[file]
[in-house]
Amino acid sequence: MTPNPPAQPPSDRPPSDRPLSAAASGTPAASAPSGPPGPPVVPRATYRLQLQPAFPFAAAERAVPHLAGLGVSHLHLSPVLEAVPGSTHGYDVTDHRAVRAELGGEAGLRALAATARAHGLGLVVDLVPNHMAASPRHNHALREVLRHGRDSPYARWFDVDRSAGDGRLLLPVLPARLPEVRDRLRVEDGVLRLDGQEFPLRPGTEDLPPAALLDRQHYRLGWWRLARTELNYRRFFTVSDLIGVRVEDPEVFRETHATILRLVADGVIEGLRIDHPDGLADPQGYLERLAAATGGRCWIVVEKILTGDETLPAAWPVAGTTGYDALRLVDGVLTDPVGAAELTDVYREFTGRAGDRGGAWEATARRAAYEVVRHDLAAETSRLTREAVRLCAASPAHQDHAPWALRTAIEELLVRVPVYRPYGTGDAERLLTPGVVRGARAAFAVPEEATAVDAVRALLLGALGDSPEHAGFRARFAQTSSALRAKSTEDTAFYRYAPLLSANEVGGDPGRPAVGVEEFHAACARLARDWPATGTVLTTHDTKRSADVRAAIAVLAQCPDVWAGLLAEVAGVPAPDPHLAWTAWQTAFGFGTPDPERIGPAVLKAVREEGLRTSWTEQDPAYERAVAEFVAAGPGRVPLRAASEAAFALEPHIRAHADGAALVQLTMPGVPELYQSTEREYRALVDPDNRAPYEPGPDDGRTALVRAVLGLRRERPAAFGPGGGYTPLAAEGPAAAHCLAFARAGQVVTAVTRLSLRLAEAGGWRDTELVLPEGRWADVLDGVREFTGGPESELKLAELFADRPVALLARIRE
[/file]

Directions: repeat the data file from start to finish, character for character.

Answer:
[in-house]
Amino acid sequence: MTPNPPAQPPSDRPPSDRPLSAAASGTPAASAPSGPPGPPVVPRATYRLQLQPAFPFAAAERAVPHLAGLGVSHLHLSPVLEAVPGSTHGYDVTDHRAVRAELGGEAGLRALAATARAHGLGLVVDLVPNHMAASPRHNHALREVLRHGRDSPYARWFDVDRSAGDGRLLLPVLPARLPEVRDRLRVEDGVLRLDGQEFPLRPGTEDLPPAALLDRQHYRLGWWRLARTELNYRRFFTVSDLIGVRVEDPEVFRETHATILRLVADGVIEGLRIDHPDGLADPQGYLERLAAATGGRCWIVVEKILTGDETLPAAWPVAGTTGYDALRLVDGVLTDPVGAAELTDVYREFTGRAGDRGGAWEATARRAAYEVVRHDLAAETSRLTREAVRLCAASPAHQDHAPWALRTAIEELLVRVPVYRPYGTGDAERLLTPGVVRGARAAFAVPEEATAVDAVRALLLGALGDSPEHAGFRARFAQTSSALRAKSTEDTAFYRYAPLLSANEVGGDPGRPAVGVEEFHAACARLARDWPATGTVLTTHDTKRSADVRAAIAVLAQCPDVWAGLLAEVAGVPAPDPHLAWTAWQTAFGFGTPDPERIGPAVLKAVREEGLRTSWTEQDPAYERAVAEFVAAGPGRVPLRAASEAAFALEPHIRAHADGAALVQLTMPGVPELYQSTEREYRALVDPDNRAPYEPGPDDGRTALVRAVLGLRRERPAAFGPGGGYTPLAAEGPAAAHCLAFARAGQVVTAVTRLSLRLAEAGGWRDTELVLPEGRWADVLDGVREFTGGPESELKLAELFADRPVALLARIRE